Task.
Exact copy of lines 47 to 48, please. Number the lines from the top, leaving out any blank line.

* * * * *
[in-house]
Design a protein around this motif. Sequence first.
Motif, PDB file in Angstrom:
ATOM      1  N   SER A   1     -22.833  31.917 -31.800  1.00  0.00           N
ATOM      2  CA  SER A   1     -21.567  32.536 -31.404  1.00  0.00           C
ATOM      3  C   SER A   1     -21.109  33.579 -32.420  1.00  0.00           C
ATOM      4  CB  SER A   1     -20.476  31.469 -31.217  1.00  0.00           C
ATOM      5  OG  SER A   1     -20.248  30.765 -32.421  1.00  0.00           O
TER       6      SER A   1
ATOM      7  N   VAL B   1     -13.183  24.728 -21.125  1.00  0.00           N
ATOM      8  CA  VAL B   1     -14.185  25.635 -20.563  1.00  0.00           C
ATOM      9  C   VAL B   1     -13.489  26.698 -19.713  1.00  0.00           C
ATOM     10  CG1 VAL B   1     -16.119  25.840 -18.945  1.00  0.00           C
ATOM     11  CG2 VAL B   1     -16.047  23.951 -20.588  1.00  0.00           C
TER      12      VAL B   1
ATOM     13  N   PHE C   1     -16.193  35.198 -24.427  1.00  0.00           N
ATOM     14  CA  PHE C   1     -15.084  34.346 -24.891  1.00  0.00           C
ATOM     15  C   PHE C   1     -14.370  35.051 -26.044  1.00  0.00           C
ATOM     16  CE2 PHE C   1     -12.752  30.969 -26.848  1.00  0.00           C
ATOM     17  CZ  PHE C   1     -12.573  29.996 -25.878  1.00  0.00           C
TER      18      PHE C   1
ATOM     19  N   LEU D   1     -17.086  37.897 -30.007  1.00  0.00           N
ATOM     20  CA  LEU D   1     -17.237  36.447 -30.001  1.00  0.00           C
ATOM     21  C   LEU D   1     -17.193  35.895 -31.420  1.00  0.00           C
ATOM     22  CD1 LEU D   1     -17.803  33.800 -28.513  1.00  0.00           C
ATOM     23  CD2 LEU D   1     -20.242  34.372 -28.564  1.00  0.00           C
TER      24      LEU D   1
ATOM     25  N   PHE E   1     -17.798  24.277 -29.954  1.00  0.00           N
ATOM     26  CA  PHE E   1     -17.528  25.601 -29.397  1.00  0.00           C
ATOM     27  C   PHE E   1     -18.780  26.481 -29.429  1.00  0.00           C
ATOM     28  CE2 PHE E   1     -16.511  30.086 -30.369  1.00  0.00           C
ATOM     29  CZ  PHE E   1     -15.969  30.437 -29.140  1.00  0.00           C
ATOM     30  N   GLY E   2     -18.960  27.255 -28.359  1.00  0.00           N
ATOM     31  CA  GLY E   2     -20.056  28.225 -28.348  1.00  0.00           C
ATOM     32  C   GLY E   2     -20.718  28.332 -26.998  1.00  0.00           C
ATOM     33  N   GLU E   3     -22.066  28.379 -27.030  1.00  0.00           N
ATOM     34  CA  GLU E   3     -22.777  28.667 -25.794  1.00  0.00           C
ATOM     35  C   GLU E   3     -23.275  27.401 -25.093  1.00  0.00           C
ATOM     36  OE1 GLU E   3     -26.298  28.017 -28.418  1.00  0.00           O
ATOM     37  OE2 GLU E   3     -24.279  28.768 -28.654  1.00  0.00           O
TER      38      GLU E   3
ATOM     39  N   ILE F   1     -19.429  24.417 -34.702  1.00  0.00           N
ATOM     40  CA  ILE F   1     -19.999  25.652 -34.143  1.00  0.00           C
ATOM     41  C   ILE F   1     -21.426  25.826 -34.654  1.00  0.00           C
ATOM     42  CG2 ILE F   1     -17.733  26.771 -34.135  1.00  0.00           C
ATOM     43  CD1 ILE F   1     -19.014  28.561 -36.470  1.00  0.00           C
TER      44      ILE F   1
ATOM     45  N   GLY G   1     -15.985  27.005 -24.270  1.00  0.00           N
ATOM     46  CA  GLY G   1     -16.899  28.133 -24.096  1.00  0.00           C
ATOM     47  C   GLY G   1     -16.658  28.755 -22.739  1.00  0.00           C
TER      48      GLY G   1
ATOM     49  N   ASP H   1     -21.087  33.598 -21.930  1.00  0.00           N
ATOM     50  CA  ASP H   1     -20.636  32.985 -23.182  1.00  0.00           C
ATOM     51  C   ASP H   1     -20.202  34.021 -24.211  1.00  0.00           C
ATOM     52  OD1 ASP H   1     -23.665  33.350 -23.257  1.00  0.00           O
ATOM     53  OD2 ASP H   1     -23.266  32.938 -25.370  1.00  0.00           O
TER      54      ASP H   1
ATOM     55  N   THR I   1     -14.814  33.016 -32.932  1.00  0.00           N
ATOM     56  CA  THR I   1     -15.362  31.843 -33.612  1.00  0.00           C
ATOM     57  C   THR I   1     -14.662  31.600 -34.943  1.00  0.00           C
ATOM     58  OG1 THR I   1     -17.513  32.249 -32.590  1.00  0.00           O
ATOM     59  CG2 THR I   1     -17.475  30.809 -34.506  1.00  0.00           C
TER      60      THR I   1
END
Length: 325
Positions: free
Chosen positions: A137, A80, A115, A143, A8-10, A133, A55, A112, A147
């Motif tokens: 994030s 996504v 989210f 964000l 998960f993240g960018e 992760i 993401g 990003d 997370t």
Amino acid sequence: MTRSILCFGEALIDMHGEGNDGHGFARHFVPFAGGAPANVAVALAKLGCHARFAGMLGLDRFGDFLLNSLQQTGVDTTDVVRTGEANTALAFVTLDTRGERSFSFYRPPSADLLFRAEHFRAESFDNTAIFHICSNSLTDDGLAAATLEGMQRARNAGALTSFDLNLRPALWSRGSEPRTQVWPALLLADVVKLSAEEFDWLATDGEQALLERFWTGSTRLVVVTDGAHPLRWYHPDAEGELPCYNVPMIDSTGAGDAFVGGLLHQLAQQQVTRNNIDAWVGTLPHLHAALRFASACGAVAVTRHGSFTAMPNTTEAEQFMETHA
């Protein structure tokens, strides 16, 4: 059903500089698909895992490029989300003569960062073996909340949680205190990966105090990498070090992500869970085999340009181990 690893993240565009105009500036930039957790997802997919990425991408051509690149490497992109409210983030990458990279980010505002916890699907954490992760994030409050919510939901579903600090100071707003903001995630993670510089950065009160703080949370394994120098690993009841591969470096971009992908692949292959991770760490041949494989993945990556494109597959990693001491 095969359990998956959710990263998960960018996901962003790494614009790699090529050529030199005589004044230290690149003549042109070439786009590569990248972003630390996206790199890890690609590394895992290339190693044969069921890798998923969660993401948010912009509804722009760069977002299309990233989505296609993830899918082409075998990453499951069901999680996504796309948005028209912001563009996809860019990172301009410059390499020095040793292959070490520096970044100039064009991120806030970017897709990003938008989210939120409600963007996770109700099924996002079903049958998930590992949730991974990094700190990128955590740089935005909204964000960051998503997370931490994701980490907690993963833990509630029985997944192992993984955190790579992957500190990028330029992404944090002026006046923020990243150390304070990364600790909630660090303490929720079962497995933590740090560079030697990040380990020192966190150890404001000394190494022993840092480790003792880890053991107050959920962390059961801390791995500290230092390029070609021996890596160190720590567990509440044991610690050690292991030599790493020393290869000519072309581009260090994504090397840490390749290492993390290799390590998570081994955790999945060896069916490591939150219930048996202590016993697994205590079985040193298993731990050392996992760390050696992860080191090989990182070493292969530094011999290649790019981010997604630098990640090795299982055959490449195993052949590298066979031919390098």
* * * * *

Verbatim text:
TER      44      ILE F   1
ATOM     45  N   GLY G   1     -15.985  27.005 -24.270  1.00  0.00           N